EDIT2: It's working now. My problem was that I was trying to do the install on a harddrive that was going out.


I have rather interesting problem. Vfio partly works: It claims audio side of the card, but not graphics card itself:

29:00.0 VGA compatible controller [0300]: NVIDIA Corporation GM204 [GeForce GTX 970] [10de:13c2] (rev a1)
Subsystem: Corp. GM204 [GeForce GTX 970] [3842:2974]
Kernel driver in use: nvidia
Kernel modules: nvidiafb, nouveau, nvidia_375_drm, nvidia_375
29:00.1 Audio device [0403]: NVIDIA Corporation GM204 High Definition Audio Controller [10de:0fbb] (rev a1)
Subsystem: Corp. GM204 High Definition Audio Controller [3842:2974]
Kernel driver in use: vfio-pci
Kernel modules: snd_hda_intel

Address is correct at vfio conf:

[~]% cat /etc/modprobe.d/vfio.conf
options vfio-pci ids=10de:13c2,10de:0fbb

I can't blacklist nvidia driver, because my other card is Nvidia too.

I'm running Ubuntu 17.04 with 4.10.0-26-generic, NVidia driver is the newest 375.66. Any suggestions what to do?

I think problem is that nvidia driver is loaded too early. I have tried several tricks to load driver at later stage with no luck. For example blacklisted it at /etc/modprobe/blacklist and tried load it at /etc/initramfs-tools/modules.

I think udev rule which loads vfio stuff before nvidia might do the trick. Tried this, but didn't work. Found udev rules pretty hard to understand. Tried this but it didn't help. :frowning: Anyone knows how to write udev rule?

[~]% cat /etc/udev/rules.d/50-vfio.rules
SUBSYSTEM=="vfio", ACTION=="add", RUN+="/sbin/modprobe vfio"
SUBSYSTEM=="vfio", ACTION=="add", RUN+="/sbin/modprobe vfio_iommu_type1"
SUBSYSTEM=="vfio", ACTION=="add", RUN+="/sbin/modprobe vfio_pci"
SUBSYSTEM=="vfio", ACTION=="add", RUN+="/sbin/modprobe vfio_virqfd"


Add vfio-pci.ids=10de:13c0,10de:0fbb to the line GRUB_CMDLINE_LINUX_DEFAULT="quiet intel_iommu=on.

So it looks like:
GRUB_CMDLINE_LINUX_DEFAULT="quiet intel_iommu=on vfio-pci.ids=10de:13c0,10de:0fbb"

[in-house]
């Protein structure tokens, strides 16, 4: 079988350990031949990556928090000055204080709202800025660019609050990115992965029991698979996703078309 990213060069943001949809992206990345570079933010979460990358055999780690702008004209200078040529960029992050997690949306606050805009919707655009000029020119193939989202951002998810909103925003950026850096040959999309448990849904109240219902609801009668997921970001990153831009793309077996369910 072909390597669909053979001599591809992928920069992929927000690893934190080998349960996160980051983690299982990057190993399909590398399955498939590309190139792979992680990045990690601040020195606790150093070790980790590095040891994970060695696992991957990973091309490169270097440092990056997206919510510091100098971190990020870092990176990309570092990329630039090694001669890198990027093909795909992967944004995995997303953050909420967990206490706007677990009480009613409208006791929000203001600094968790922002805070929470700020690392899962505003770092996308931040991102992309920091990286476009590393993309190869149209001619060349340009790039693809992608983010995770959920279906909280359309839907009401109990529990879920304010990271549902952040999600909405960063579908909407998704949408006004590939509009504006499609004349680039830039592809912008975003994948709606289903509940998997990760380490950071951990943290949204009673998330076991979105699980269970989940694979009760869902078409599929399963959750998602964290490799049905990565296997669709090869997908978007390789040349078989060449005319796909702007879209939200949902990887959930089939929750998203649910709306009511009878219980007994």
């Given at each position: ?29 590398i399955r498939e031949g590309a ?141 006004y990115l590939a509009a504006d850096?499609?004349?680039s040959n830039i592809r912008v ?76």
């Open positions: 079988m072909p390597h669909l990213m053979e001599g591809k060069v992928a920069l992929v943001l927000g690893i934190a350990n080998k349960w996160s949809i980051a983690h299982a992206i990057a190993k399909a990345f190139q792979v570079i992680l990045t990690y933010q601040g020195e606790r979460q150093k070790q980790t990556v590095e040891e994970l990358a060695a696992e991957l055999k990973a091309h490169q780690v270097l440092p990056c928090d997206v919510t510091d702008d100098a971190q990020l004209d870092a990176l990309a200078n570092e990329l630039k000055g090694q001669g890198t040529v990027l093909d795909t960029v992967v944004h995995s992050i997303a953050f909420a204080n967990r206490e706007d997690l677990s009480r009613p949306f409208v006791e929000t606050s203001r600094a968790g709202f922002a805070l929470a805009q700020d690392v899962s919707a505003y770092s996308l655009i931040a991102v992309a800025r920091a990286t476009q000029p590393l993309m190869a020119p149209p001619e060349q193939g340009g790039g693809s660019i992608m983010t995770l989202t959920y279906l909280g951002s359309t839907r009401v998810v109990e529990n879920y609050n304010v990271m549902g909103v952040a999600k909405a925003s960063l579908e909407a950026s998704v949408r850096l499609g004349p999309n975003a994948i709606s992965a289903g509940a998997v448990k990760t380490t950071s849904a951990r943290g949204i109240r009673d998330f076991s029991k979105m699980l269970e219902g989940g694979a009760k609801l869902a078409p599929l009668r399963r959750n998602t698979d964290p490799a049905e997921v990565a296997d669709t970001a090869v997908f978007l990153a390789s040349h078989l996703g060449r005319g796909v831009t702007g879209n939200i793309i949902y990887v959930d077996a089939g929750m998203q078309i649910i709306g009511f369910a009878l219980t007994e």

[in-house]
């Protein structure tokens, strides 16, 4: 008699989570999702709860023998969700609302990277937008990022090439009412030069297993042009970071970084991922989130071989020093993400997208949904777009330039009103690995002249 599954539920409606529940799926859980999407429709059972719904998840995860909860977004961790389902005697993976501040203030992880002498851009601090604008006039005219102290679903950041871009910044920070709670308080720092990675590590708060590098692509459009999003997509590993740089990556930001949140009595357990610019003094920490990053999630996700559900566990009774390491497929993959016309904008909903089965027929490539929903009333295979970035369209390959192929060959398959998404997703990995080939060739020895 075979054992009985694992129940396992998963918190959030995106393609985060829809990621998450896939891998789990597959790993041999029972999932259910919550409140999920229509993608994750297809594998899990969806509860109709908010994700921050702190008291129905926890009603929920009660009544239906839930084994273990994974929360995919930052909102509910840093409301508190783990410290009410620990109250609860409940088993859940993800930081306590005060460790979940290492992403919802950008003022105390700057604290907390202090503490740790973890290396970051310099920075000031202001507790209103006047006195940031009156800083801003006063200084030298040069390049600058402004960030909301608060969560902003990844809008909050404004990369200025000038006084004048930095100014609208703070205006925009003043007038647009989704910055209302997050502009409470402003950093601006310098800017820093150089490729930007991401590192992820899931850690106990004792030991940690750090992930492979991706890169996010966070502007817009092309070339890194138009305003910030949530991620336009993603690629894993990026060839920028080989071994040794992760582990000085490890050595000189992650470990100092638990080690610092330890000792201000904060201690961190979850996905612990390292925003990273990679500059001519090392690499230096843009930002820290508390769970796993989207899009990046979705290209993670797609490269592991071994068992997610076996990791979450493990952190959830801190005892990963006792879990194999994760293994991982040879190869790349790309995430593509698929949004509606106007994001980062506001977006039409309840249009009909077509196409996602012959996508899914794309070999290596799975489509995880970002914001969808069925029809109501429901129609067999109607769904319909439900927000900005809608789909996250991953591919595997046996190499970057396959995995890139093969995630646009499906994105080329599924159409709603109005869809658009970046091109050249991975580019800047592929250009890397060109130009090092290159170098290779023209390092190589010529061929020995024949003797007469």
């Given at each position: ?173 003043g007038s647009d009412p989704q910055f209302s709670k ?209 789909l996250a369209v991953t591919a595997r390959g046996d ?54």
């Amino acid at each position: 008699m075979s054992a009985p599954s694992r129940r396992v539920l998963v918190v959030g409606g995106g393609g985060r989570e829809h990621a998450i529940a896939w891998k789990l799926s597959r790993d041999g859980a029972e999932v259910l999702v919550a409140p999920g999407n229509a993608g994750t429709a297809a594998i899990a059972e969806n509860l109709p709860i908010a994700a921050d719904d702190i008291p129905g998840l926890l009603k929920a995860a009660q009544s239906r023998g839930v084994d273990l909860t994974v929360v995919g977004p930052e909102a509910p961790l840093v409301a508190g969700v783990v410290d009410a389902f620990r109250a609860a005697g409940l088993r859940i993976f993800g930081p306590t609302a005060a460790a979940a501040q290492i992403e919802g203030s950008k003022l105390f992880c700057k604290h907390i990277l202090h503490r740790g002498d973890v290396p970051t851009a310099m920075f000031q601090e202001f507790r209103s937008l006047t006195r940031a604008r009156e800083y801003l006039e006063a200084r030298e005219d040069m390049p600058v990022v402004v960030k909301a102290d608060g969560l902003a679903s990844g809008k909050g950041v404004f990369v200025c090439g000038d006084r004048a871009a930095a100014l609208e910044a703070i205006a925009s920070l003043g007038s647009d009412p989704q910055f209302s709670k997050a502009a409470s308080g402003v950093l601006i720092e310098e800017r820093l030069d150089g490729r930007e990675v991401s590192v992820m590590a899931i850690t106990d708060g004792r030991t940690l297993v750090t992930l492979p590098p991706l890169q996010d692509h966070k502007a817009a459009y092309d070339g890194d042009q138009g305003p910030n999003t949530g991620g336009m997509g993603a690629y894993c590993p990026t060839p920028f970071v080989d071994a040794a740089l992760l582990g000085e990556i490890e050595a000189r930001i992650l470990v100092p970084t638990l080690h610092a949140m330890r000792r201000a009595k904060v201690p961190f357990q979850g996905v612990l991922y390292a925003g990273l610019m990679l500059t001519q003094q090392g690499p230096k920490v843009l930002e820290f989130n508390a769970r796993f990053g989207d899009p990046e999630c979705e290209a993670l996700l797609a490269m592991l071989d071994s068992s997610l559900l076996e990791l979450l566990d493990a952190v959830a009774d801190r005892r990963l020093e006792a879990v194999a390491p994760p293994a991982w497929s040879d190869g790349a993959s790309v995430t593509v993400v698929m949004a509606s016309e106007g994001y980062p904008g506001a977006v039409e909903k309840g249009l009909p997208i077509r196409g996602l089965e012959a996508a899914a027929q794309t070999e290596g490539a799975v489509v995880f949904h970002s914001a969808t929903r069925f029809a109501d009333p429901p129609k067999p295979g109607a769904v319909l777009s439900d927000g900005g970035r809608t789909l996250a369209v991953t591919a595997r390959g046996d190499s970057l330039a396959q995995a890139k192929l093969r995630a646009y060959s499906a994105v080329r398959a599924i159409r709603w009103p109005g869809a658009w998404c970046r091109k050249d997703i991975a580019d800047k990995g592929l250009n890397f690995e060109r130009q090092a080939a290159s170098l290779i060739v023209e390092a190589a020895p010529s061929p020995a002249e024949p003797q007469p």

Don't bother with the ACS patch anymore, it has been added to the kernel upstream and is no longer required.


When was it added upstream? I just compiled 4.9.30, and I needed to apply the patch to split my IOMMU groups. I used the patch from here:, and I had to skip one piece of the patch. All of my groups are separate now with the patch.


What about passing through the Intel HD 4000 that's onboard the Core i7 chip? Reading the posts below, it appears I don't even need to apply the ACS patch with newer kernels, although I went ahead and patched my 4.9 Debian Stretch kernel with it anyway.

Since much of my readings suggested passing through HD 4000 was an exercise in pain and suffering, I can't say that I've even attempted to summit this peak via that face of the mountain :slight_smile:


Even though the GPU is not in its own IOMMU group it will still work. Just follow the rest of the steps, using UEFI for the VM's bios type and it should work just fine.


Not possible as of yet. The iGPU is so heavily integrated with the CPU in more than just PCIe, as of now it isn't possible.


I pass through my GPU, a PCINIC, and a USB 3 card. Without the patch I couldn't pass through my USB card, and it would say that it was an invalid group, just like with older versions of kernel 4.9. I wonder if it depends on hardware or something.


Ah yes, without the ACS patch the PCIe device has to be UEFI compatible.


That makes sense. I am using OVMF, but I'm not sure if all of the cards are uefi compatable.